May 3, 2012
The HSUS and HSI Release Report on Human Health Risks from Consumption of American Horse Meat
Horses not raised for food receive medications banned by FDA and the European Union
WASHINGTON—The Humane Society of the United States and Humane Society International issued a report detailing the food safety risks associated with consuming meat that originates in American horses. Horses in the U.S. are primarily used for companionship or competition, therefore they are not treated in the same way as animals raised for human consumption. Horses are commonly given pharmaceuticals and other substances that have been banned for use in food-producing animals by the U.S. Food and Drug Administration and the European Union, are toxic if ingested, or the effects of ingestion have never been tested at all.
“The slaughter of American horses poses a potentially serious health risk to human consumers, yet tens of thousands of horses are still slaughtered for their meat,” said Dr. Michael Greger, director of public health and animal agriculture for The HSUS, HSI and Humane Society Institute for Science & Policy. “New measures put in place in the European Union to address this risk are vital steps to ensure horses who are regularly given phenylbutazone and other EU-banned substances are kept out of the slaughter pipeline.”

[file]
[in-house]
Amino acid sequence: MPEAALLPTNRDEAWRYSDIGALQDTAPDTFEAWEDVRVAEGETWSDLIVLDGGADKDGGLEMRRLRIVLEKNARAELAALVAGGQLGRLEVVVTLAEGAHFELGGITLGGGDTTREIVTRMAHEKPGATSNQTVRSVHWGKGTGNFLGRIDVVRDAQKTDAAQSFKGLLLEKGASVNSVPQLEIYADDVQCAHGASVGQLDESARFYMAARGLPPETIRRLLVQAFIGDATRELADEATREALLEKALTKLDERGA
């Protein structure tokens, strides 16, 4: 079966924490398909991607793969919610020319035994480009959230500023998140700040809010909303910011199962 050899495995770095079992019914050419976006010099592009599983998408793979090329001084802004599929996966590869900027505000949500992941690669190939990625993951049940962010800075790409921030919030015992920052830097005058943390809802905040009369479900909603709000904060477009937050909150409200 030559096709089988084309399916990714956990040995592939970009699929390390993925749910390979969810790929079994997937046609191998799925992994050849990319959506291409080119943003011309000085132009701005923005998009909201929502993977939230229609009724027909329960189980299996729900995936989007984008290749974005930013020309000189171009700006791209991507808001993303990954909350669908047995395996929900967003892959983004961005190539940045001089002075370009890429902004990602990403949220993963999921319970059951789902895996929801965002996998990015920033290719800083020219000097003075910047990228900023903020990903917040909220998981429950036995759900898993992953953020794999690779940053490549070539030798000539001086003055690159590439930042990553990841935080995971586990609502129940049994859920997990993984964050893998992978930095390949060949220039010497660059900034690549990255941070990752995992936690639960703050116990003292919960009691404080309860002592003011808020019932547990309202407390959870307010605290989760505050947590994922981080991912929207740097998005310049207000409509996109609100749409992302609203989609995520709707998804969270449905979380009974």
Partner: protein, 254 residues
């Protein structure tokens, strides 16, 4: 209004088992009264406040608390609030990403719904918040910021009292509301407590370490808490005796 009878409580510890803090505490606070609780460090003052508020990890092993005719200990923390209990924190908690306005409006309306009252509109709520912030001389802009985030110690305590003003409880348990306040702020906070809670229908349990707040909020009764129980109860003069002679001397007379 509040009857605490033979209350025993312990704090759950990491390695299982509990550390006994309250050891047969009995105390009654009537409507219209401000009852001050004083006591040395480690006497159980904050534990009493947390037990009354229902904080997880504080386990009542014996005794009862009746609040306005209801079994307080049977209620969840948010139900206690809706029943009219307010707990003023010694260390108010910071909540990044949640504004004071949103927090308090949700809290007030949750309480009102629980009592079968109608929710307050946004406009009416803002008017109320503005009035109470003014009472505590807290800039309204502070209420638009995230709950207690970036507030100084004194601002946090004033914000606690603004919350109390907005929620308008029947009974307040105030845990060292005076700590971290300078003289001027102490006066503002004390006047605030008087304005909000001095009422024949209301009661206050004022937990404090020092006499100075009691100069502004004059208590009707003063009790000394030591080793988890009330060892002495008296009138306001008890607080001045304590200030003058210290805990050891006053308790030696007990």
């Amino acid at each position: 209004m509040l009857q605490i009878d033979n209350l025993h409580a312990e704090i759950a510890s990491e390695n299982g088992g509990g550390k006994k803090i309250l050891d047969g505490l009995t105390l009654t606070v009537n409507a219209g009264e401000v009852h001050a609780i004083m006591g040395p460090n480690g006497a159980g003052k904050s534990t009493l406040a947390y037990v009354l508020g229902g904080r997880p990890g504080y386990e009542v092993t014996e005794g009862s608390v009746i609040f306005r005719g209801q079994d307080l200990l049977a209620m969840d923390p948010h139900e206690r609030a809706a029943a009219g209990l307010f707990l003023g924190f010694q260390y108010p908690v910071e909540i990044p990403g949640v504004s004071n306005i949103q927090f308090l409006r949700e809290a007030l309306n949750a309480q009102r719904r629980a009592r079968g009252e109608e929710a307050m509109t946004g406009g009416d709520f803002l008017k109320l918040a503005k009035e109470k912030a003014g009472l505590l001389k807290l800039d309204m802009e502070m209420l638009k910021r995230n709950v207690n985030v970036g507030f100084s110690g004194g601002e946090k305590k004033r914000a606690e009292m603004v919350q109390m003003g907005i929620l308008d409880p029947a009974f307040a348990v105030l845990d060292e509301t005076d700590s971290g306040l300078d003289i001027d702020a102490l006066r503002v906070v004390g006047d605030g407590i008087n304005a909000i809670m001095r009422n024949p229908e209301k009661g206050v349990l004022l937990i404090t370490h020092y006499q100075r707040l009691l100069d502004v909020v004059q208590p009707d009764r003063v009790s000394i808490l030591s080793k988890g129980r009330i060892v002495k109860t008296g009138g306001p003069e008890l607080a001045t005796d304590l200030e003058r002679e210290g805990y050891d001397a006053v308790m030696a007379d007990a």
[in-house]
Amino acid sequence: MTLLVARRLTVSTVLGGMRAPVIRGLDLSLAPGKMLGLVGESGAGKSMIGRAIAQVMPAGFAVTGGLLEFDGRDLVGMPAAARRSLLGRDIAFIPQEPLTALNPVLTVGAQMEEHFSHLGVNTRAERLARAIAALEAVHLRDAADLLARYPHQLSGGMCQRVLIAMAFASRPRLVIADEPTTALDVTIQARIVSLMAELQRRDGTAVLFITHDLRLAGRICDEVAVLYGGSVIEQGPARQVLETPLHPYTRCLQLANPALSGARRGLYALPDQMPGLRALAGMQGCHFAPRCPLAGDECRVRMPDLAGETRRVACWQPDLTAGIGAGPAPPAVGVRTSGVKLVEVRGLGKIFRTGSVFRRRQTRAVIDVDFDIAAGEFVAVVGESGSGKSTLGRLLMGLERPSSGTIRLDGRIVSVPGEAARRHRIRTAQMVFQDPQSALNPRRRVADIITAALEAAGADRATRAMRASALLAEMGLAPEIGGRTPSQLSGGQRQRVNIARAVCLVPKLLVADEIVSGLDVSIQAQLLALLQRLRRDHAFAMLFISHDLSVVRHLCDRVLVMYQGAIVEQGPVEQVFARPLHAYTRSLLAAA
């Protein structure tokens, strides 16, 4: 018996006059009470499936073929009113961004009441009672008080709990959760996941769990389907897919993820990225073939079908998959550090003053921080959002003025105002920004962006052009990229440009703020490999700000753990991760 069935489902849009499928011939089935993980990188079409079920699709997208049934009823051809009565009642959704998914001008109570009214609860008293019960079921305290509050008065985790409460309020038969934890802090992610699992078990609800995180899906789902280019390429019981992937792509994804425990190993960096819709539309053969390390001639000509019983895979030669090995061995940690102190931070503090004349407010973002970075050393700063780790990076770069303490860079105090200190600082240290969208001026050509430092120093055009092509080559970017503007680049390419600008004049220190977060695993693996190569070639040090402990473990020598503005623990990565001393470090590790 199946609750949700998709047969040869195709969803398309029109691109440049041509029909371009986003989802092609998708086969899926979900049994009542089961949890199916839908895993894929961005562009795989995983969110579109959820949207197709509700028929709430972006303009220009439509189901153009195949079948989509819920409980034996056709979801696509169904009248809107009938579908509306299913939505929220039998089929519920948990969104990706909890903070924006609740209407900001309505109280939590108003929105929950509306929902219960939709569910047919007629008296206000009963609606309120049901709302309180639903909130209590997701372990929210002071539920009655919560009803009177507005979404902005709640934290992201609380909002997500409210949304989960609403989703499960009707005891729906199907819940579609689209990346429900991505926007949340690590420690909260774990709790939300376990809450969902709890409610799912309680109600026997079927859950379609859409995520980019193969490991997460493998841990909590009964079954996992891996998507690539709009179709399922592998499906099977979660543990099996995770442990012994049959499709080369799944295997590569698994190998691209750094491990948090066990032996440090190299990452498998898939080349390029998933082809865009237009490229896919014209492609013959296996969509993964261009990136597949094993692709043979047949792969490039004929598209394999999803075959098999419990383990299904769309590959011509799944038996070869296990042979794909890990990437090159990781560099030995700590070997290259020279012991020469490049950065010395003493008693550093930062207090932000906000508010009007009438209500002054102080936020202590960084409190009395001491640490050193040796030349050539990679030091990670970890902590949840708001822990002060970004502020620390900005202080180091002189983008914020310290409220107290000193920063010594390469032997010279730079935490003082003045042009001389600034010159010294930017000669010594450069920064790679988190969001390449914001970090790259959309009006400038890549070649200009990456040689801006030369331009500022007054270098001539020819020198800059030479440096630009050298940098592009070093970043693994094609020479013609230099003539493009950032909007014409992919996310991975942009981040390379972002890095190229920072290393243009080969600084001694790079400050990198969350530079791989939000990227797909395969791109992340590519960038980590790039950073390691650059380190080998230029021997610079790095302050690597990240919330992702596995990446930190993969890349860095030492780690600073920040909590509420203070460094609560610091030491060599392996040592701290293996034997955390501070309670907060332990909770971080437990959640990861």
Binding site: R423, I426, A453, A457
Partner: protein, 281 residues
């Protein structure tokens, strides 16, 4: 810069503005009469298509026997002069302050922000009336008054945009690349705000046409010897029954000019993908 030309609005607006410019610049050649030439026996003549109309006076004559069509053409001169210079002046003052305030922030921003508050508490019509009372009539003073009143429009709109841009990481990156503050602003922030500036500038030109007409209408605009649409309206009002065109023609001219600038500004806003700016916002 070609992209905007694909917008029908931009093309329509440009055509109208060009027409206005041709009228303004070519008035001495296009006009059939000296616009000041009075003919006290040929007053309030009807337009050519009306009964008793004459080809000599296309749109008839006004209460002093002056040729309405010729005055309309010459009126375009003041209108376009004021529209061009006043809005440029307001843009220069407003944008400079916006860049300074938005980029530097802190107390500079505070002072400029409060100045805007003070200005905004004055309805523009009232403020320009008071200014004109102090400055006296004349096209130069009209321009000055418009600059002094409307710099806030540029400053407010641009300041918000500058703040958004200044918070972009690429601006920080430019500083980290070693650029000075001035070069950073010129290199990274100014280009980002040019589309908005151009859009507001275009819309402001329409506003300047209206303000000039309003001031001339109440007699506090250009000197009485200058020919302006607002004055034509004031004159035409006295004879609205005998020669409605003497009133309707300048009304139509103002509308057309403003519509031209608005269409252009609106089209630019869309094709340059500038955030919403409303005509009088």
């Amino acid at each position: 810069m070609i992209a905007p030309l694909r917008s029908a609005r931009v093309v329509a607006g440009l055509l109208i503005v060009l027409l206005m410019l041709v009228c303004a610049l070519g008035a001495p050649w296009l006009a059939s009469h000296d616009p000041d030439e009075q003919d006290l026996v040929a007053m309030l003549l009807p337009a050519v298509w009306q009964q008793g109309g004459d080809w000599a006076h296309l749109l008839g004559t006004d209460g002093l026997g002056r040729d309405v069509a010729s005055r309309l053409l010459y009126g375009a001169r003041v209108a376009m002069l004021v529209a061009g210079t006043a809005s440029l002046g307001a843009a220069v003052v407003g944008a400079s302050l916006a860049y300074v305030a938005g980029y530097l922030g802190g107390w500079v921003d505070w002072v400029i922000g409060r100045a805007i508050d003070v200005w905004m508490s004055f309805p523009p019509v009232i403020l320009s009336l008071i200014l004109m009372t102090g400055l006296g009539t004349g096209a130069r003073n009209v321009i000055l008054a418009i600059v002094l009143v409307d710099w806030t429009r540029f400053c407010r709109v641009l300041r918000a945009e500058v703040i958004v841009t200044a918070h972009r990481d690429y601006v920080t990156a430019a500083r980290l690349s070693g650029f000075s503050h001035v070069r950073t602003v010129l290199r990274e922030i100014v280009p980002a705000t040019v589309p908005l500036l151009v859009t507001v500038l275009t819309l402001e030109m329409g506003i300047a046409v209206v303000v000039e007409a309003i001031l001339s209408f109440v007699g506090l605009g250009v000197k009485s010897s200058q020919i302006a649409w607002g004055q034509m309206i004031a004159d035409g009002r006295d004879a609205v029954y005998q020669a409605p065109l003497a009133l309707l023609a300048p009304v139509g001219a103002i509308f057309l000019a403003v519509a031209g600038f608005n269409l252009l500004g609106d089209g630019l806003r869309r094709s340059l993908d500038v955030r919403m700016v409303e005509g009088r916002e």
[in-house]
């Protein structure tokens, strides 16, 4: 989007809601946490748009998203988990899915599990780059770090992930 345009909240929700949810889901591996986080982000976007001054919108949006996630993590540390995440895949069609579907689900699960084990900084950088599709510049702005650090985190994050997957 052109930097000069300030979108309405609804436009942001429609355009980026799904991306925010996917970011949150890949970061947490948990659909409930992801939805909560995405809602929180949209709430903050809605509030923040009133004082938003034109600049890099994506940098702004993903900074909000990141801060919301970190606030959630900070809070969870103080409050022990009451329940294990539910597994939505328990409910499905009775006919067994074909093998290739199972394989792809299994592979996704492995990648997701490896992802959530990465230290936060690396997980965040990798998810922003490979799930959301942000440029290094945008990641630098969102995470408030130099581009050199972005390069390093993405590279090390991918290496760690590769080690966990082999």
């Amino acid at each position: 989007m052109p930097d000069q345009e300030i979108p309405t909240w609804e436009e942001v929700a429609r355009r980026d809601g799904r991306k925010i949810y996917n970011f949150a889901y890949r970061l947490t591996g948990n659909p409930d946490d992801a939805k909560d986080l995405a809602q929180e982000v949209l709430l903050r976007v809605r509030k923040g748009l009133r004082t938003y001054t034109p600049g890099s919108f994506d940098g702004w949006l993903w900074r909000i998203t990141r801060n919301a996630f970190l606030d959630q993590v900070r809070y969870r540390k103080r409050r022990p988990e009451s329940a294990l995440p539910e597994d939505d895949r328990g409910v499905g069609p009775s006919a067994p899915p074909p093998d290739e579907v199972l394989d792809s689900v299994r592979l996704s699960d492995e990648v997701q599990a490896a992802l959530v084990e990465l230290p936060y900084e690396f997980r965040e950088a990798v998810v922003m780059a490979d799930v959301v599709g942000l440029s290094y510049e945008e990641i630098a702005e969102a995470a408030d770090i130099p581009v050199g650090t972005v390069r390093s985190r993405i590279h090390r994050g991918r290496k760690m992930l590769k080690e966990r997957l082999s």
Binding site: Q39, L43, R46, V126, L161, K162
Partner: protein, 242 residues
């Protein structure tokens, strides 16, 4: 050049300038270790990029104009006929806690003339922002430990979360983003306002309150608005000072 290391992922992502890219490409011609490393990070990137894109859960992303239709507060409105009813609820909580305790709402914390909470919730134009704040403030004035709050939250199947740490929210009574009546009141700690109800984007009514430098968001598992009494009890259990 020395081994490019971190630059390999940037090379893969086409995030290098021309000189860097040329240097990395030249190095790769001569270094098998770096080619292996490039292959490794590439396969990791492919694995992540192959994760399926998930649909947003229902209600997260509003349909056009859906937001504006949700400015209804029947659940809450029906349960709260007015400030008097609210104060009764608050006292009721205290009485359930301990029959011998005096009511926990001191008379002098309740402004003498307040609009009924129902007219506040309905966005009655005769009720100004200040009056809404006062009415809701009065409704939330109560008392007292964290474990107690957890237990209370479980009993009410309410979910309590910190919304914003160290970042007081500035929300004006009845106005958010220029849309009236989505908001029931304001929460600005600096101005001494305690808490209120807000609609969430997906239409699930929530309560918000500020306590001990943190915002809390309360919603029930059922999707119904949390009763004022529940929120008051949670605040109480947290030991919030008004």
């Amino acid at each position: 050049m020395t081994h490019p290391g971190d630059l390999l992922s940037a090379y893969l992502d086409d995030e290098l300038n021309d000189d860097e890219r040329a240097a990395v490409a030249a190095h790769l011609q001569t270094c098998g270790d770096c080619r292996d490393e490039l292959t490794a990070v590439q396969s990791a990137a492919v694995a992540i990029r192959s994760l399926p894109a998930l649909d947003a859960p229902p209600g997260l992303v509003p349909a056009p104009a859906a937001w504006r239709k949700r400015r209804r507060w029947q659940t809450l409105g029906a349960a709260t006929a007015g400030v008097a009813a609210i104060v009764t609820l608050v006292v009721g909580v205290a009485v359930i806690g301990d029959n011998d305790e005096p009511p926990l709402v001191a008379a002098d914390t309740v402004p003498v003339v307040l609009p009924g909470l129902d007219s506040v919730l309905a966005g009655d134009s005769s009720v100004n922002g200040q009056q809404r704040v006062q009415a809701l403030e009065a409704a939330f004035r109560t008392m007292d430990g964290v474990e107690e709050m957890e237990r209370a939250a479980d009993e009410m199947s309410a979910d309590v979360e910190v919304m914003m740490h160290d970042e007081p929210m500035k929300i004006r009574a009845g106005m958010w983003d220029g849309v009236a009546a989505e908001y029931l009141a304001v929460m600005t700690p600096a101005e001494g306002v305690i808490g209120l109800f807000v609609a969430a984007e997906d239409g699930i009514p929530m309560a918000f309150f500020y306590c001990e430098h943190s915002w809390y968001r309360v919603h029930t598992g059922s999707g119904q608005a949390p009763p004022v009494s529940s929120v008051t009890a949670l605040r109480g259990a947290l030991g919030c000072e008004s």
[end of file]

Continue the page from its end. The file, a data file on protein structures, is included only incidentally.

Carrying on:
Americans do not eat horses, but each year more than 100,000 U.S. horses are transported over the borders to be slaughtered in Canada and Mexico, and the meat is exported for consumption in the European Union and Japan. Research shows that horses originating in the U.S. comprise a large percentage of the total slaughterhouse output of Canada and Mexico. Audits of Mexican slaughterhouses conducted by the European Commission’s Food and Veterinary Office have found horsemeat containing harmful residues of several substances prohibited in the EU. A study of the medical records of race horses sent to slaughter shows that horses with a history of phenylbutazone use are making their way to slaughter plants despite the United States’ and other countries’ ban of the use of the drug in food producing animals. Phenylbutazone, commonly called “bute,” is an anti-inflammatory regularly given to horses, and it is known to be hazardous to humans, even in trace amounts.